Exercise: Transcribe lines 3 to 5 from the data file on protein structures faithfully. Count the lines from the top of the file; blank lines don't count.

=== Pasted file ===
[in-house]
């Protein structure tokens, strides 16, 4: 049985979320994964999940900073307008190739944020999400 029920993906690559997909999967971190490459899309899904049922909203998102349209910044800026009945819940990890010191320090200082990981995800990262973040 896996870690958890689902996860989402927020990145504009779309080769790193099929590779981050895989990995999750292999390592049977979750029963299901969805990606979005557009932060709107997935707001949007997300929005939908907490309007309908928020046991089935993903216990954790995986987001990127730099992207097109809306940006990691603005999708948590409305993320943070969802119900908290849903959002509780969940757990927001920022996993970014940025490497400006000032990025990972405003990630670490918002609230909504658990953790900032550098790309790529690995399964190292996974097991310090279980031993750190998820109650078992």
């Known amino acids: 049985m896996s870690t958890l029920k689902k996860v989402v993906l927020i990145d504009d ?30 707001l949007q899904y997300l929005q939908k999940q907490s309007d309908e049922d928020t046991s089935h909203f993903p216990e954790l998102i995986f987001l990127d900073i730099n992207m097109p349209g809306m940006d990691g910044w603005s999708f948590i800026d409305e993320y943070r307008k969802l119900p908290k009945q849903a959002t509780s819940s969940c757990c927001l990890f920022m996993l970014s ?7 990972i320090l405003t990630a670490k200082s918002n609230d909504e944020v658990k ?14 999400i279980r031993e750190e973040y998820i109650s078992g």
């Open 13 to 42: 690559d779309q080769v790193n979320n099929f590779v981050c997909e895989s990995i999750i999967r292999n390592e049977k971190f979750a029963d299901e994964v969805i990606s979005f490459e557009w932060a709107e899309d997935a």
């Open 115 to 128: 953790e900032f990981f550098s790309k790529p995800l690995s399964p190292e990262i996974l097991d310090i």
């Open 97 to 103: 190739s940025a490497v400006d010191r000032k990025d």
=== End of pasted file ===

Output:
């Known amino acids: 049985m896996s870690t958890l029920k689902k996860v989402v993906l927020i990145d504009d ?30 707001l949007q899904y997300l929005q939908k999940q907490s309007d309908e049922d928020t046991s089935h909203f993903p216990e954790l998102i995986f987001l990127d900073i730099n992207m097109p349209g809306m940006d990691g910044w603005s999708f948590i800026d409305e993320y943070r307008k969802l119900p908290k009945q849903a959002t509780s819940s969940c757990c927001l990890f920022m996993l970014s ?7 990972i320090l405003t990630a670490k200082s918002n609230d909504e944020v658990k ?14 999400i279980r031993e750190e973040y998820i109650s078992g």
């Open 13 to 42: 690559d779309q080769v790193n979320n099929f590779v981050c997909e895989s990995i999750i999967r292999n390592e049977k971190f979750a029963d299901e994964v969805i990606s979005f490459e557009w932060a709107e899309d997935a």
């Open 115 to 128: 953790e900032f990981f550098s790309k790529p995800l690995s399964p190292e990262i996974l097991d310090i």